Globally, the average webpage loads at 6.3 megabits a second — a number referring to how many million bits of data can be moved in a second. While 6.3 mbps is fast enough to watch a Netflix show or send an email, it’s still pretty slow. This is according to Massachusetts-based Internet provider Akami Technologies, which studied how Internet speeds stack up in countries around the world.
Every quarter, the company releases a report ranking countries by Internet speed. Here are the countries with the fastest Internet.
People in Finland use the Internet at 17.7 mbps on average, which is relatively fast. In 2010, the country’s Ministry of Transport and Communications offered every Finnish citizen at least a 1 mbps Internet connection. That’s not saying much: 1 mbps will only allow you to send emails at a snail’s pace, browse the web, and watch low-quality YouTube videos. It’s too slow to really download or upload large files.
The Internet in the Czech Republic loads 17.8 mbps on average, a 31% boost from last year. This speed is slightly above what most people in the US would consider average, letting you watch HD videos and surf the web without any kind of delay.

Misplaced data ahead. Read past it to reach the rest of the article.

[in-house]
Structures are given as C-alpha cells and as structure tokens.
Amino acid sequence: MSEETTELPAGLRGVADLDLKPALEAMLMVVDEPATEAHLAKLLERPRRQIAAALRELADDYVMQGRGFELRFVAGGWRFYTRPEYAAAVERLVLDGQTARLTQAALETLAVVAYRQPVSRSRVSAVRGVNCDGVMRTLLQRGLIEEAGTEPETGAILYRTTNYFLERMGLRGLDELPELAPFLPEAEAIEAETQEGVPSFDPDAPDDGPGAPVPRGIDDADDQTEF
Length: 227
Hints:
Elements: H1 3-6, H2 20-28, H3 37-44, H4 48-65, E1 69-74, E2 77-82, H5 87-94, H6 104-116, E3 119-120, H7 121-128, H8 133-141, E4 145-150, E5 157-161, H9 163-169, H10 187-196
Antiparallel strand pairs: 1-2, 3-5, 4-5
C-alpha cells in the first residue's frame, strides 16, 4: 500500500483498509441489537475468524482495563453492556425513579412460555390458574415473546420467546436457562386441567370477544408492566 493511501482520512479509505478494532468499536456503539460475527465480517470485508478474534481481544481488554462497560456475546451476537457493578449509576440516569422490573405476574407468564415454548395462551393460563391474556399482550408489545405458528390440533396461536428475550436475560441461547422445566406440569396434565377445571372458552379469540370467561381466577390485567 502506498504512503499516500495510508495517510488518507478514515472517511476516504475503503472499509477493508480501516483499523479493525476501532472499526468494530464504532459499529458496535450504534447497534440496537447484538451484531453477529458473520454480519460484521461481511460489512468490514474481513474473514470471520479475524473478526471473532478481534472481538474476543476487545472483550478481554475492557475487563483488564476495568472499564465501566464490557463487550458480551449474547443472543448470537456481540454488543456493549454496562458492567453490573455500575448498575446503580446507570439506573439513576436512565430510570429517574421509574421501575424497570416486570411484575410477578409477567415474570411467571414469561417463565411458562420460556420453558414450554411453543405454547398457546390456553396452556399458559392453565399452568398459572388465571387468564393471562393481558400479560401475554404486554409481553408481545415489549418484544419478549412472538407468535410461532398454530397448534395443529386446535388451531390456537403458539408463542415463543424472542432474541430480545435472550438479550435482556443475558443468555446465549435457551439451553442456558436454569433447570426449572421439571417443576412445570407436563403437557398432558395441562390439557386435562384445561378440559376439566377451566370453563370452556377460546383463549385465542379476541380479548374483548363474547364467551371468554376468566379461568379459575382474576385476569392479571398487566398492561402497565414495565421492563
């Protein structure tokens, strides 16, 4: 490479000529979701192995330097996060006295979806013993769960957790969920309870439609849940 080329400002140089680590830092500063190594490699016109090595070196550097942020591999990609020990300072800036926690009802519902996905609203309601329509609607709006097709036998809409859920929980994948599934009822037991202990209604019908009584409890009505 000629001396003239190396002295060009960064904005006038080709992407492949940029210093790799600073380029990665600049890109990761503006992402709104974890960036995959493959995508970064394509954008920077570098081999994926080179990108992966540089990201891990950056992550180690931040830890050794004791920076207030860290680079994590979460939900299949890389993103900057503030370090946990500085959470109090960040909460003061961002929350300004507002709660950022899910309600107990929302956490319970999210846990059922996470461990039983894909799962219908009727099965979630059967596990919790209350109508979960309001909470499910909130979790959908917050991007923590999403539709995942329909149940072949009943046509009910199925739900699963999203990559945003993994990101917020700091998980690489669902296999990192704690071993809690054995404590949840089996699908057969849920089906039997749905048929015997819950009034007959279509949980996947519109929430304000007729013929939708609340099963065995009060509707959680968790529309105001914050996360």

The Netherlands’ average Internet speed is 17.9 mbps. The country also boasts the highest percentage of households using the Internet in the EU, according to a 2014 report.
High-speed fiber optics (cables that enable faster internet) run throughout Japan, giving users an average Internet speed of 18.2 mbps. In other words, multiple people in a household can be on Netflix, playing video games, and browsing the web on different devices at the same time without any slowdowns.
Japan is one of several countries working on superfast 100 gbps Internet.
In the meantime, the Japanese provider So-net offers 2 gbps Internet — twice as fast as Google Fiber — making it the world’s fastest commercially available internet service.
Latvia’s average Internet speed is 18.3, which is nearly three times faster than the global average
The Internet in Switzerland zooms at an average 18.7 mbps, a 25% increase from last year.
Hong Kong was the first country in the world to reach 60 mbps in 2013. Today, its residents enjoy an average Internet speed of 19.9 mbps.
Sweden’s Internet races at an average of 20.6 mbps, meaning most people rarely experience delays even if they have multiple applications running that take up a lot of bandwidth. The country saw a 32% increase in speed since last year.
So where does Canada lie in regards to Internet speeds. Cybera discusses some stats and information on this criteria. According to Ookla, a global broadband testing firm, as of today, Canada’ s average household download speed is about 30 Mbps, with an upload speed of about 8 Mbps. The website ranks Canada as 33rd in the world index of Internet speeds. People visit this site to test the speed of their Internet connection. Therefore, the 30 Mbps is an average of the speeds Canadians reported through this website.